Purple Everything

Purple vegetables have been around for a long time, some naturally and some selectively bred slowly over time to be more colorful. With the spring season here, vibrant purple veggies are popping up everywhere.

In addition to their striking color, purple vegetables usually contain higher amounts of antioxidants. A type of antioxidant called anthocyanins gives plants their vibrant color. Anthocyanins protect purple vegetables from sun damage and cold temperatures, and also attract bees and other pollinators. Similarly, when you consume vegetables with this antioxidant, it can offer a wide range of health-promoting benefits such as reducing inflammation and increasing brain and heart health. Some purple vegetables have more health benefits compared to the same vegetable in other colors.

The taste of purple vegetables is similar to their non-purple counterparts, but there are definitely slight nuances in flavor. When cooked, some purple vegetables lose their color. Check out our wide variety of purple veggies including: artichoke, asparagus, carrots, red cabbage, cauliflower, eggplant, daikon, garlic, kale, red onion, purple majesty potato, and stokes sweet potato. Liven up your palate with a healthy dose of purple today!

Keep a lookout for our staff picks noted in orange.



Apple and Pear

Fuji apple is in good supply and expected to last through the end of May or beginning of June. Granny Smith and Pink Lady are winding down. Prices are going up as supply dwindles. Cameo are done for the season.

Red Bartlett and Bartlett remain steady. Abate Fetel has good volume. We love the rich sweetness and creamy texture of this pear. Look for Packham coming soon!


Hass avocados are tasting great right now and will only get richer as the summer approaches. Supply is strong with attractive pricing and volume deals available as we inch closer to Cinco de Mayo. Be sure to build up your display and stock up for what will likely be a high-demand weekend. We’re especially fond of fruit from Las Palmalitas Ranch, a grower located near Carpinteria, on California’s central coast. Las Palmalitas has been owned by the same family for over 150 years and is currently managed by Will and Billy Carleton. The father-and-son team manages 20 acres of avocados while other family members have 50 acres on adjoining property. All the fruit is packed on site, which gives them full quality control.


Local strawberries have come on in full force, although cooler weather is causing supply to tighten slightly. Overall, the market is steady with fruit from Southern California available to supplement. Blueberries from Homegrown Organics are a staff favorite. Their spring variety is grown on California’s central coast near Santa Barbara, resulting in plump, sweet and firm berries—perfect for eating fresh! Raspberry and blackberries continue to be limited; raspberry prices are way up.


Lemon prices are starting to go up. Larger-size fruit is very promotable. Look for sharp pricing on 75 and 95 counts. 115 and 140 counts are limited. Meyer lemons are starting to wind down; prices are up. Lime prices have also come down slightly. Be sure to stock up for Cinco de Mayo! Valencia oranges remain in good supply as more California Valencia growers come on next week. B&J Ranch Ruby grapefruit is still readily available and expected to last for another three weeks. Sizing is more limited at this point in the season. Golden Nugget tangerines are steady and expected to continue through the end of May, into June. Look for a small shot of Pixies from Churchill Orchards next week! Most other specialty citrus have finished or are winding down.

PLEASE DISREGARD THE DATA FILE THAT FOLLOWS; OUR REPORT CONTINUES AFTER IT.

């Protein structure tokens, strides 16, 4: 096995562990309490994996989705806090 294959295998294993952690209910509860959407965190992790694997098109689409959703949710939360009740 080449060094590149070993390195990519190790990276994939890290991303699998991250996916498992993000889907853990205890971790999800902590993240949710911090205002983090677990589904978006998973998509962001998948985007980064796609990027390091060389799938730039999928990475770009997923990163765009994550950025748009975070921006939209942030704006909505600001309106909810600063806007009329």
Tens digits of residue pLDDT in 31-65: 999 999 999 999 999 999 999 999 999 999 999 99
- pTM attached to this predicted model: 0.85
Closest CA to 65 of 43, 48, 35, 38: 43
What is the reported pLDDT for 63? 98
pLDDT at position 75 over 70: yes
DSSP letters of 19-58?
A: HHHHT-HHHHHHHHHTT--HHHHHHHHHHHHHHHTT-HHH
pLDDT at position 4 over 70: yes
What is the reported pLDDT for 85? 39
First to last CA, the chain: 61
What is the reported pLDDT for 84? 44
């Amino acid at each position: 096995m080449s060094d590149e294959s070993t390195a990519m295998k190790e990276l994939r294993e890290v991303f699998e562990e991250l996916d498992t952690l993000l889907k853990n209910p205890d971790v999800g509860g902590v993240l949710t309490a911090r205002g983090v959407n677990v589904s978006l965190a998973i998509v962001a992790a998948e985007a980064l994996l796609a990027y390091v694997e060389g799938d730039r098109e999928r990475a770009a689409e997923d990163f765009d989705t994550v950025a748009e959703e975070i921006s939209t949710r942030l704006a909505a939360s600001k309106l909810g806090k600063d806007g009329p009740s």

Red flame seedless will be the first variety to come on from California’s Coachella Valley in mid-May. Production will be light to start, with volume picking up after Memorial Day. Expect demand to be high to start with prices to match.


Kiwis are starting to get a bit more limited. Prices are up and are expected to move up slowly as the season end approaches.


Ataulfo mangos are gapping and Tommy Atkins are limited. We’re getting everything we can. Smaller sizes are nowhere to be found.

Stone fruit

California peaches have started with the arrival of Amber Crest yellow peach. The flavor is sweet and tart, which is pretty ideal for early-season fruit. It’ll be a few more weeks before we see other peach varieties come on. Apricots, apriums and yellow nectarines are a couple weeks away. Volume may start slow and prices will likely be high.




Purple artichokes have arrived! This variety has a slightly nuttier taste than its green counterpart. Unlike other purple vegetables, purple artichoke does not lose its color when cooked.

Brussel Sprout

Brussels sprouts are limited and prices are rising sharply.


Red cabbage is limited while green cabbage prices are on the rise due to increased demand.


Slicer cucumber prices are going down. Supply appears to be steady. Bulk Persian cucumbers are gapping but clamshells are more readily available. We’re seeing sharp pricing on English ‘cukes. California product from JND Farms, located near Fresno, should be starting in a few weeks.


Globe eggplant is in steadier supply. Prices are still high and expected to continue to go up. Specialty eggplant are also in better supply.

Greens, Lettuce & Herbs

The transition for boxed greens is pretty much done so supply should be good for all items. Dino and green kale have strong volume. Collards are less available. Romaine and Little Gem are plentiful. All herbs are plentiful including local supply of cilantro and basil.